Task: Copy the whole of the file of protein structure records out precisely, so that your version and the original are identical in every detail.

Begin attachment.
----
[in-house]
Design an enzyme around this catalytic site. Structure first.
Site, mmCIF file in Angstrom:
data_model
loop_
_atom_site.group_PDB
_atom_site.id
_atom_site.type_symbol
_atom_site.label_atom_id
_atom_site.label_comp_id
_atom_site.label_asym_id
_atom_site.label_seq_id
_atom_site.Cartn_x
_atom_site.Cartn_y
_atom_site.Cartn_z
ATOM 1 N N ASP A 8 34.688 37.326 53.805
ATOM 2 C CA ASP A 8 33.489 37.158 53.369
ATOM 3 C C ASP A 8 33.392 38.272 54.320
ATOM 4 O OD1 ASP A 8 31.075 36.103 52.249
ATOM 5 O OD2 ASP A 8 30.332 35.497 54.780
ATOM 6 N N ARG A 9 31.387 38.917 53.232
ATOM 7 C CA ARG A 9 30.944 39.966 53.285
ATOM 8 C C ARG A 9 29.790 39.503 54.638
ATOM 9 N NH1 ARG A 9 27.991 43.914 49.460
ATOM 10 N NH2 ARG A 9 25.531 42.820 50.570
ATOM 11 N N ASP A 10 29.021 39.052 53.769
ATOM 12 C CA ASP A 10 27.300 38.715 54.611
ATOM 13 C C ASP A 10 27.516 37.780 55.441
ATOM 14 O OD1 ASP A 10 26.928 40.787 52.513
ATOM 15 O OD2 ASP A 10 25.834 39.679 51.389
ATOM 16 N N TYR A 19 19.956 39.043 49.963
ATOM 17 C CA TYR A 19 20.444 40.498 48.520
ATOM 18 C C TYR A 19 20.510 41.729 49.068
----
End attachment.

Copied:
[in-house]
Design an enzyme around this catalytic site. Structure first.
Site, mmCIF file in Angstrom:
data_model
loop_
_atom_site.group_PDB
_atom_site.id
_atom_site.type_symbol
_atom_site.label_atom_id
_atom_site.label_comp_id
_atom_site.label_asym_id
_atom_site.label_seq_id
_atom_site.Cartn_x
_atom_site.Cartn_y
_atom_site.Cartn_z
ATOM 1 N N ASP A 8 34.688 37.326 53.805
ATOM 2 C CA ASP A 8 33.489 37.158 53.369
ATOM 3 C C ASP A 8 33.392 38.272 54.320
ATOM 4 O OD1 ASP A 8 31.075 36.103 52.249
ATOM 5 O OD2 ASP A 8 30.332 35.497 54.780
ATOM 6 N N ARG A 9 31.387 38.917 53.232
ATOM 7 C CA ARG A 9 30.944 39.966 53.285
ATOM 8 C C ARG A 9 29.790 39.503 54.638
ATOM 9 N NH1 ARG A 9 27.991 43.914 49.460
ATOM 10 N NH2 ARG A 9 25.531 42.820 50.570
ATOM 11 N N ASP A 10 29.021 39.052 53.769
ATOM 12 C CA ASP A 10 27.300 38.715 54.611
ATOM 13 C C ASP A 10 27.516 37.780 55.441
ATOM 14 O OD1 ASP A 10 26.928 40.787 52.513
ATOM 15 O OD2 ASP A 10 25.834 39.679 51.389
ATOM 16 N N TYR A 19 19.956 39.043 49.963
ATOM 17 C CA TYR A 19 20.444 40.498 48.520
ATOM 18 C C TYR A 19 20.510 41.729 49.068